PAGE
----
West Point Lighthouse, Seattle, WA
The first fog signal, a steam whistle was installed at West Point on February 7, 1887, and at the turn of the century a new fog signal building provided equipment to blast second class Daboll trumpets which served many years till the advent of more modern foghorns.
Rising twenty-three feet above the low, sandy peninsula at the north entrance to Elliot Bay, West Point Lighthouse has welcomed ships to Seattle for more than a hundred years. Situated five miles from the city's thriving business core, the old lighthouse stands at the foot of Magnolia Bluff in Discovery Park.
The little lighthouse was built in 1881 at a cost to taxpayers of $25,000, a rather princely sum in those days. Fitted with a complex fourth-order Fresnel lens with twelve separate bull's-eyes, it began operation in November of 1881. According to a Coast Guard estimate, its flashing light has put in more than 400,000 hours of service. The beacon can be seen from fifteen miles away.
Travel information: A popular attraction of Seattle's Discovery Park, the lighthouse is located about a mile and half from the entrance. A pleasant way to enjoy an exterior view of the lighthouse is with a relaxing stroll along West Point Beach. The park offers weekend tours of the lighthouse. Call (206) 386-4236.
Two spacious residences were provided for the keepers which helped make the station a pleasing place to live and raise a family. There has only been one drawback down through the years. Often times during the winter months logs and debris have been cast up on the station grounds, sometimes against the stout masonry tower. Heavy rocks and riprap have frequently been collocated to protect the lighthouse which is located precariously near the water.
The beacon has been placed in the National Register of Historic Places which assures its preservation. From its seaward side opens one of the more scenic vistas of Puget Sound, both Mount Rainier 4nd Mount Baker standing out in all their glory on a clear day. Marine traffic passes close to shore, affording a continuous parade.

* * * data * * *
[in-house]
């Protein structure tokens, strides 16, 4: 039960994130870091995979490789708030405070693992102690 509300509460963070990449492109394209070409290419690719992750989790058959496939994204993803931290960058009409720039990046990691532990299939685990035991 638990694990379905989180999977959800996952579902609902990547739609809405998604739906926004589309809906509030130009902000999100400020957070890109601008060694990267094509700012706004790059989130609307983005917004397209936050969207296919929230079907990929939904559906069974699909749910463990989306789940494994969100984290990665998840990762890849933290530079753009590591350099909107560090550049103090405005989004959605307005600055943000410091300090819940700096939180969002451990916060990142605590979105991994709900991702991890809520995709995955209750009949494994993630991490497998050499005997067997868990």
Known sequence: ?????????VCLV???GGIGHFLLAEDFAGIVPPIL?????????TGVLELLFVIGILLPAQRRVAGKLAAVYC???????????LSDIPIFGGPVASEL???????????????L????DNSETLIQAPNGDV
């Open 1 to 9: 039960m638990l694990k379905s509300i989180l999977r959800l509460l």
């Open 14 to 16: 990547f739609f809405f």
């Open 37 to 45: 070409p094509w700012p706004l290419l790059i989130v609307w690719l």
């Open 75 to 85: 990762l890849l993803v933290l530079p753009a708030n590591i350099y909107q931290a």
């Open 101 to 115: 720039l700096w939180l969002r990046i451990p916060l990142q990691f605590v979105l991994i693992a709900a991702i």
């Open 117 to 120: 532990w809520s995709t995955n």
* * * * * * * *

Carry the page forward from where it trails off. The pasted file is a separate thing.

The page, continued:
When West Point Lighthouse was automated in 1985, 1t marked the passing of a 130-year era in Washington lighthouse history. The diminutive beacon was the last of its kind in the Evergreen State to be tended by a resident keeper.
The lighthouse, five miles northwest of downtown Seattle, has seen a welcome fixture at the north entrance to Elliott Bay since 1881 - jutting conspicuously into the bay below Magnolia Bluff, the everwatching sentinel commands a front row seat for the perpetual parade of commercial marine traffic in and out of lower Puget Sound ports.
Anticipating the further growth of waterbome traffic in the wake of Seattle's flourishing lumber export business, the Lighthouse Board In 1872 recommended a lighthouse at West Point. Congress responded with a $25,000 appropriation and, in 1881, workers completed construction of a brick/stucco lighthouse and dual keeper's houses at the tip of the sandy spit. The squat square tower supports an octagonal lantern containing a fourth-order Fresnel lens. Although its red and white flashes emanate from only 27 feet above the water, they are sufficiently lofty and powerful to be visible more than 15 miles up and down the sound.
West Point Light is accessible via Discovery Park, a 543-acre natural area that is Seattle's largest city park. The popular site, which encompasses the late Fort Worden, provides meaningful open space for visitors and a sanctuary for wildlife.